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Proceedings Paper

Wide-field stabilized Doppler flowmetry with the tracking scanning laser ophthalmoscope (TSLO)
Author(s): R. Daniel Ferguson; Daniel X. Hammer; Ann E. Elsner; Stephen A. Burns; Robert H. Webb; John J. Weiter
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Paper Abstract

Real time, high-speed image stabilization with a retinal tracking scanning laser ophthalmoscope (TSLO) enables new approaches to established diagnostics. Large dynamic range, wide-field stabilized Doppler flowmetry imaging was demonstrated in initial human subject testing with a large frequency range and up to 40 deg fields of view. The retinal tracking system uses a confocal reflectometer with a closed loop optical servo system to lock onto features in the ocular fundus. The fundus imaging method is a quasi-confocal line-scanning laser ophthalmoscope (LSLO). By locking to the retina and performing a slow scan of the laser line imager taking up to 30 seconds, frequency-resolved retinal perfusion and vascular flow images were obtained. The tracking system and auto-relock algorithms after blinks allowed the full image to be captured free of eye motion artifacts. Image cubes comprised of 512 by 512 spatial pixels by 512 or more temporal pixels were captured with a line rate of up to 20 kHz. The line sensor integrates, as opposed to conventional SLO flowmeters, thus minimizing aliasing that contributes to velocity errors. Fast Fourier Transform (FFT) power spectra at each image pixel were computed. Image reconstruction accuracy was typically better than one pixel width. Doppler frequency resolution from 14 Hz to 3.675 kHz was demonstrated in this work. Pulsatile flow effects were observed. Normal adult subjects and patients were tested with or without mydriasis to characterize flow imaging performance.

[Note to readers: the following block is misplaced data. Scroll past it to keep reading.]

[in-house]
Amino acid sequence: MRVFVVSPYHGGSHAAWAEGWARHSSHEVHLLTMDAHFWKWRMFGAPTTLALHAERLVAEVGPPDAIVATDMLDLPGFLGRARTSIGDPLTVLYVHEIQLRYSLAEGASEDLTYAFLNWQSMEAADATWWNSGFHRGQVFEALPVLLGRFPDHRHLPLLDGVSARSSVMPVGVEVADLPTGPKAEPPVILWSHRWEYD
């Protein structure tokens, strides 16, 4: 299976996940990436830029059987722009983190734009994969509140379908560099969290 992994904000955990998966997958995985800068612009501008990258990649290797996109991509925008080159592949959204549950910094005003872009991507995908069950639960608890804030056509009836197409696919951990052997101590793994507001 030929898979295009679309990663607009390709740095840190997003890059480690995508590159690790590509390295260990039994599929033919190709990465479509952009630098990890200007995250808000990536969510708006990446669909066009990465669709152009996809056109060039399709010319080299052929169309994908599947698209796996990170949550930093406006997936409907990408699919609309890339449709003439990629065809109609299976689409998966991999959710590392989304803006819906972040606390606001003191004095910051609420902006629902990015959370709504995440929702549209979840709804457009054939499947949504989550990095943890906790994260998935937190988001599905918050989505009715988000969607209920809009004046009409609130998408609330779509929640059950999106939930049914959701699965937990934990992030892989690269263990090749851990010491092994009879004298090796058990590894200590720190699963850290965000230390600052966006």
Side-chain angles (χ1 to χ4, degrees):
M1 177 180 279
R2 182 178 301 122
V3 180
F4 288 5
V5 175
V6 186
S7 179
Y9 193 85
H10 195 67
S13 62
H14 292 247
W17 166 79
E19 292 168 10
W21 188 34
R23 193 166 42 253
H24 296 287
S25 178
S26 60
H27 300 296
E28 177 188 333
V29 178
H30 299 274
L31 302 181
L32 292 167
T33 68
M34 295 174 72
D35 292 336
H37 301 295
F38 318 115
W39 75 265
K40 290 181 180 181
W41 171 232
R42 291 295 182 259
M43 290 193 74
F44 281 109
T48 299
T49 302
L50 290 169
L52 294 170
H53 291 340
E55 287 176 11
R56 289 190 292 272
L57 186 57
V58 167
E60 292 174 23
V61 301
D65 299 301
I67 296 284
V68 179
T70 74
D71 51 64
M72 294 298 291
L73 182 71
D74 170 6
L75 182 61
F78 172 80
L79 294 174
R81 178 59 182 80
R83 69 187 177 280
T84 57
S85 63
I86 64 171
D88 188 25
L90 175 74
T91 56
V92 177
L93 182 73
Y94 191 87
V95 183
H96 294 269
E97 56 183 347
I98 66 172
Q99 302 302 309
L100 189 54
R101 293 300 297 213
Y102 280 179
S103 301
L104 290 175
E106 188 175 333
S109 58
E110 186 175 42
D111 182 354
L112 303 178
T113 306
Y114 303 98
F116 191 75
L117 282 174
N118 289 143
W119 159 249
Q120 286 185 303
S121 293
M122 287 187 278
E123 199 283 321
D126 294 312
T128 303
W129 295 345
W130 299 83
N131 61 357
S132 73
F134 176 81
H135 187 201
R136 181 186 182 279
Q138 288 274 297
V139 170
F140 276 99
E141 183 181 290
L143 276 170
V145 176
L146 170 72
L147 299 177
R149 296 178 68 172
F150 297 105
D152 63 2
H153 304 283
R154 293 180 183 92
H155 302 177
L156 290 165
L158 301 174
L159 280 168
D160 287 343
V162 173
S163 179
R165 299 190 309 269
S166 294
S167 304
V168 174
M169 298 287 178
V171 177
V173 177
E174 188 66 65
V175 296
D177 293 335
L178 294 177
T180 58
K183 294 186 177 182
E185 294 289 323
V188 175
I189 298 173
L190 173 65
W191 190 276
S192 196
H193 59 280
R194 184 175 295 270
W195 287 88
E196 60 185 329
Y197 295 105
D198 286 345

Paper Details

Date Published: 13 July 2004
PDF: 9 pages
Proc. SPIE 5314, Ophthalmic Technologies XIV, (13 July 2004); doi: 10.1117/12.532186
Show Author Affiliations
R. Daniel Ferguson, Physical Sciences, Inc. (United States)
Daniel X. Hammer, Physical Sciences, Inc. (United States)
Ann E. Elsner, Harvard Medical School (United States)
Stephen A. Burns, Harvard Medical School (United States)
Robert H. Webb, Harvard Medical School (United States)
John J. Weiter, Harvard Medical School (United States)
Retina Specialists of Boston (United States)


Published in SPIE Proceedings Vol. 5314:
Ophthalmic Technologies XIV
Fabrice Manns; Per G. Soderberg; Arthur Ho, Editor(s)

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